Best Tracks of 2010 – Part I

I know, I know – we’re almost through the first month of 2011, and I’m just now posting my choices for the top fifty songs of last year.  Now that I have an actual job, and a social life to boot, it’s been difficult finding time for this blog.  That said, I’ve had this list decided upon for weeks now, and I just needed to sit down and physically write out my descriptions for each song.  Here we go with the first ten songs…

Best Songs of 2010, Tracks 50-41

50. Jukebox The Ghost – “Empire”
The lilting delivery of this gem belies a song that would have been perfect for a seventh edition of The OC soundtrack compilations.  There’s a rare versatility to this song – it would fit in well on a study mix or a playlist you made to help you work out at the gym.  The aggressive piano, guitars, and percussion make it almost possible to not tap your foot along to the beat, and the DC-based band (which has won seven Grammys with just two albums) is sure to suck you in with this addictive chorus.

49. Cut Copy – “Take Me Over”
The dizzying electronic approach of Australia’s Cut Copy has an exotic feel to it on this track.  Recalling hits from the 80s, including Duran Duran and the Culture Club, “Take Me Over” utilizes lyrics that reference “the jungle,” “paradise,” and “the night” and mirrors it would sound effects and an almost African drum beat.  Fantastic work all around from a band that’s criminally underrated.

48. The Morning Benders – “Excuses”
There’s a sound here that’s reminiscent of Grizzly Bear here – catchy melodies and solidly constructed instrumentals, as well.  Sweeping strings are married to vocal percussion that makes a retro sound very contemporary.  You might recognize them from a Reese’s commercial, but I say their sublime amalgam of Berkeley and Brooklyn will make some quality music for years to come, regardless of where you hear it.

47. Cults – “Go Outside”
The complexity of this song is so subtle that you barely notice it on first listen.  Two New York film students constructed this ode to summer sun and exploration, but the song charms the listener any time of year.  The xylophone, tender harmonies, and restrained bass riff all work perfectly together, creating a truly impressive debut.

46. Fol Chen – “In Ruins”
There’s almost an inherent awkwardness to the music in this song, as the vocals glide over subtle and barely-there keyboards and a drum beat, then switch to an incredibly bombastic chorus that builds on itself.  The song seems like it’s in ruins at certain points, switching back and forth between sparse instrumentation and complex keyboarding layered over several times with distorted vocals and hand claps.

45.  Katie Melua – “The Flood”
Only someone as out there as William Orbit could put two entirely different songs together like this.  Katie’s effortless voice floats over the track that begins with a low-key calm before building quickly to a thumping techno break for the middle half of the song.  This track that alternates between quietly subdued and manically intense is a breath of fresh air in a pop scene that seems too processed, too distorted, and too reliant on AutoTune.  Bass lines that sound almost like modern disco accompany soaring electronic beats and, somehow, it all works.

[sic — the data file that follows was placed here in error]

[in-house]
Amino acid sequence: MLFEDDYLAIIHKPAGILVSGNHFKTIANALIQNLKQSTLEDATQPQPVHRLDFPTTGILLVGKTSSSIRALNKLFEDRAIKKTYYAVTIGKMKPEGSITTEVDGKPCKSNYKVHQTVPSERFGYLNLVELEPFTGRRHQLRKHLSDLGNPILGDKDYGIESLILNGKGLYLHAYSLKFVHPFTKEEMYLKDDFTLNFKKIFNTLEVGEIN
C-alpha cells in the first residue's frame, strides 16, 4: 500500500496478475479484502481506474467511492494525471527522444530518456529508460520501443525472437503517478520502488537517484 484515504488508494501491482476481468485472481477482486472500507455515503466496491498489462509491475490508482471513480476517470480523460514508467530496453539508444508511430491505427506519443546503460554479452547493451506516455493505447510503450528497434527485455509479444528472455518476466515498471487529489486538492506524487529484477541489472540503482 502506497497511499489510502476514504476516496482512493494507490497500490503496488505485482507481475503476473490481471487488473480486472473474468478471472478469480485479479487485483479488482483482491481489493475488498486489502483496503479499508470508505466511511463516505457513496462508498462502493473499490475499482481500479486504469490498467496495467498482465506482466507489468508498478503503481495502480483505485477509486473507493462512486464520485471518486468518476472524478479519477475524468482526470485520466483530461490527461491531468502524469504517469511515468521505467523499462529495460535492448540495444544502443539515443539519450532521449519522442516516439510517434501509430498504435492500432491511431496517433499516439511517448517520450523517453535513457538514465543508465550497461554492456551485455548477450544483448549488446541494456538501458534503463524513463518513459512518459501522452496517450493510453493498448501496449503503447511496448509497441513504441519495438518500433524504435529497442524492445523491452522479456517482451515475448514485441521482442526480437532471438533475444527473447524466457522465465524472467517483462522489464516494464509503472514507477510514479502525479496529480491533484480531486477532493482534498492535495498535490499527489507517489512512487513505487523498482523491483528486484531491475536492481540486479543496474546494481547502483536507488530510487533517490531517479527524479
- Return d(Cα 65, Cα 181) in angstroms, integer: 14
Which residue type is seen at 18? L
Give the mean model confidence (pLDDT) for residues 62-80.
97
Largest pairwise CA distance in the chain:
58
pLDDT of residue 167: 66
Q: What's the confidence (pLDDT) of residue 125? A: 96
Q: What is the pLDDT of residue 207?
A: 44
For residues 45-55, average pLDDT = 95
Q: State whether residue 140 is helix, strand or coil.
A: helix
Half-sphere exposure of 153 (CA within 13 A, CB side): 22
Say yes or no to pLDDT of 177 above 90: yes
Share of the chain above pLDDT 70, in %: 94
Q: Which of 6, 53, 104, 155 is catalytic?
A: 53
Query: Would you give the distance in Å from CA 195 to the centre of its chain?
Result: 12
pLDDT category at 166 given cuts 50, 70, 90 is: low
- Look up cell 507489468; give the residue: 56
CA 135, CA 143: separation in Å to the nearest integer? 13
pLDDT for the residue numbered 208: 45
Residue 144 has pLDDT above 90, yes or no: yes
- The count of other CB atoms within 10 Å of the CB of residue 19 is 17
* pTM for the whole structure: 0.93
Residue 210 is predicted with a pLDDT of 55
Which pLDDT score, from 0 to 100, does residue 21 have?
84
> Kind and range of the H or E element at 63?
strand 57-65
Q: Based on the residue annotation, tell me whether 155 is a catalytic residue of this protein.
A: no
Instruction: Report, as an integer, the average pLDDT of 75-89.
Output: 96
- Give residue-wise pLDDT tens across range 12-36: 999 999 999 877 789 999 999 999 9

44. Surfer Blood – “Swim”
There’s nothing but unabashed rock in this phenomenal beach anthem, and Surfer Blood hits you with it from the first few notes. Based in West Palm Beach, Florida, this single technically made a splash in 2009, but I included it on this year’s list because the album was released in January of last year. The assailing guitars overwhelm the listener as front man JP Pitts practically screams the lyrics; surprisingly, the effect is charming and entrancing instead of obnoxious.  This song would be perfect for a road trip or a playlist at your next party.

43. Born Ruffians – “What To Say”
Following up something as intensely rock as Surfer Blood is a song that’s demonstrably calmer.  Born Ruffians have an infectious bass line and captivating vocal delivery from lead singer Mitch Derosier; there’s an intentional halting tone to Derosier’s singing that draws the listener in.  Once the strings start about a minute in to the song, you can’t help but get hooked.

42. Tanlines – “Real Life”
How is it even possible to describe this song?  The deliriously ambiguous lyrics, rapid-fire steel drums, and synth beat combine to create an individualized experience for each listener.  The experimental electronic pop of Jesse Cohen and Eric Emm mixes almost a world music vibe with more recognizable indie/electronic influences.  You may have heard this song used in BBC coverage of the 2010 World Cup in South Africa, and I can’t think of a better venue for this truly unique song.

41. Smith Westerns – “Weekend”
The critical darlings of the indie blogosphere explode with this incredible track, with lead singer Cullen Omori cooing “Weekends are never fun/Unless you’re around here, too.”  This song would be impressive from any band, but the fact that the entire group is in the age range of 18-20 makes this triumph all the more astounding.  Simply put, there’s a reason the buzz around this new band is so deafening – they really are that good.

How do you think the list start out?  Do you like the first ten songs?   Tomorrow I’ll upload the songs that ranked between 40 and 31, and the conversation can continue.

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